Kuhl's conviction was appealed. He contended the trial court erred in admitting the testimony of the witnesses on palm print identification. Chief Justice Patrick A. McCarran of the Nevada Supreme Court stated:
�The main contention here is that the experts who testified were not qualified to give an opinion as to the identity of palm print impressions...Will the same rule which has led the courts to recognize experts on fingerprints identification permit such palm print identification? This is the one vital question here.�
Justice McCarran then presented a rather lengthy opinion, during which he referred to such authorities as Kumagusu Minakat, Berthold Laufer, Kai Kung--Yen, Mark Twain, Sir Francis Galton, Sir Edward Richard Henry, Frederick A. Braley, Tighe Hopkins, Dr. Hans Gross, Sir William J. Herschel, Henry Faulds, Rai Sakib Hem Chandra Bose, Frederick Kuhne, Harold J. Shepstone, M.V. Balthazard, Harris Hawthorne Wilder, and Bert Wentworth. Significant among McCarren's remarks was this passage:
�A student of the subject may have confined his... study largely to ...impressions made only by the finger tips... but the knowledge and experience thus gained, and the methods of determining identity thus established and used, are applicable with the equal significance and effect to any given surface of the palm of the hand. This is true because of the truth of our former assertion as to a common physiological basis underlying this established method of identification.�
Thus, the death sentence stood and Kuhl was rescheduled to die on December 20, 1918. However, the sentence was commuted to life, and Kuhl served almost 28 years in the Nevada State Prison where he was placed in charge of the chicken house.
On April 16, 1945 Ben Kuhl, now white--haired, was paroled by Governor E.P. Carville. That's right! The same Carville who successfully prosecuted Kuhl back in`17 gave him his freedom in 1945.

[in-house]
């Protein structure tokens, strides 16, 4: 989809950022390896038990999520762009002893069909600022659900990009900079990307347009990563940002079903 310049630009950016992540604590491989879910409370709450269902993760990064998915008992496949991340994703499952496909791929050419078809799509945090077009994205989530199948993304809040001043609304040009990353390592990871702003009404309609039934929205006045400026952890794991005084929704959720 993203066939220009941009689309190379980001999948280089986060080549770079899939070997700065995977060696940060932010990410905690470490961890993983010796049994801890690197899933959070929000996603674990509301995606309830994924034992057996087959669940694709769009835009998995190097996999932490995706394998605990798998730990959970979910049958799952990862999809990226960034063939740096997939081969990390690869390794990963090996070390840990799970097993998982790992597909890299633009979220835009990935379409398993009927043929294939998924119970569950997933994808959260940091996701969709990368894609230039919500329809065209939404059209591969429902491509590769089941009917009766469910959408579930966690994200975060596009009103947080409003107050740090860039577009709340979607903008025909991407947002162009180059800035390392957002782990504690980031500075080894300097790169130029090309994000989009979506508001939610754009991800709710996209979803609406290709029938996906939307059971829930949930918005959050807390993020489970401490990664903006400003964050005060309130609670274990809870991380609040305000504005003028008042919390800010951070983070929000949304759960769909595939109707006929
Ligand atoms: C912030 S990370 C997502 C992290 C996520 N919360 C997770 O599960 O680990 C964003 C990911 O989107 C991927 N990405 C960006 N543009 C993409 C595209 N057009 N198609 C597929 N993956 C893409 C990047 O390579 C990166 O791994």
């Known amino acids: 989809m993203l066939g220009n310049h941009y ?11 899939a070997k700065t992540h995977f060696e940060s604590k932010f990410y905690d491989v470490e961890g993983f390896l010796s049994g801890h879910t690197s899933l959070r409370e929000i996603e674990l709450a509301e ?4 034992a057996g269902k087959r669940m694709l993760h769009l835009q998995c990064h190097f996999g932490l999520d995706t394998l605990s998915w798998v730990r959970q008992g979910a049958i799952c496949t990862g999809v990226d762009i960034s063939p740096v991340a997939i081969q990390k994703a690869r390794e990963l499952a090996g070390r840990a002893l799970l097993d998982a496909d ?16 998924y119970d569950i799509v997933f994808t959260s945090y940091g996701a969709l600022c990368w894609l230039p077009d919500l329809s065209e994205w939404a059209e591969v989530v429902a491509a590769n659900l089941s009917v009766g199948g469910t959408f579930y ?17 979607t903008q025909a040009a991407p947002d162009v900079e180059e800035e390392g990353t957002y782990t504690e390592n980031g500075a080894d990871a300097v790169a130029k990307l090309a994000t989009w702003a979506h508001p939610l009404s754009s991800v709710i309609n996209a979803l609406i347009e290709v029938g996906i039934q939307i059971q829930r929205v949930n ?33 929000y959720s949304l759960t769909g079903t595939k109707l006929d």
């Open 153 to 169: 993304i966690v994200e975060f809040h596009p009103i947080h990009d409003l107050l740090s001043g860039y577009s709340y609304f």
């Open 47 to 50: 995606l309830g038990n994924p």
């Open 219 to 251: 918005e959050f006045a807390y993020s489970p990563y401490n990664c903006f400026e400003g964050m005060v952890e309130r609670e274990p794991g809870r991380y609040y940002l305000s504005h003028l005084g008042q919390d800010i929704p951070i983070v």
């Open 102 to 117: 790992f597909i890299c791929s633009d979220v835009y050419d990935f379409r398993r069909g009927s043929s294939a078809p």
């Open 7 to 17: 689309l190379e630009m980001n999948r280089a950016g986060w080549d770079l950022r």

But the Grim Reaper, himself, carried out the death sentence only a year later when Ben Kuhl died of tuberculosis.
Information for this article was obtained from the Nevada Supreme Court record, State v. Kuhl 42 Nev. 195 175 PAC 190 (1918), and from the excellent documented story �Last Horse drawn Stage Robbery� by Howard Hickson in Quarterly, the publication of the Northeastern Nevada Historical Society (Winter, 1981 issue).
(Editor--�The author of this story, Dick Clason, SCAFO member for more than thirty years, has recently published an historical saga for adventure lovers. �The Kid From Custer� is set in the Black Hills of Dakota Territory in 1880. This is the saga of Casey Parkin, whose mother unknowingly marries an accomplice of the outlaw who murdered her husband. Casey is faced with avenging his father's death and helping his mother, all the while trying to elude a corrupt deputy sheriff bent on killing him.)
The book is available from Lost Coast Press 1--800--773--7782, ISBN 1--882897--05--6). Or see about an autographed copy directly from the author at a SCAFO meeting.
This article was originally published in �THE PRINT�
Volume 1(7), September 1985 and again in
Volume 13(1), January 1997, pp 6-8
and has been obtained from the online library provided by the
Southern California Association of Fingerprint Officers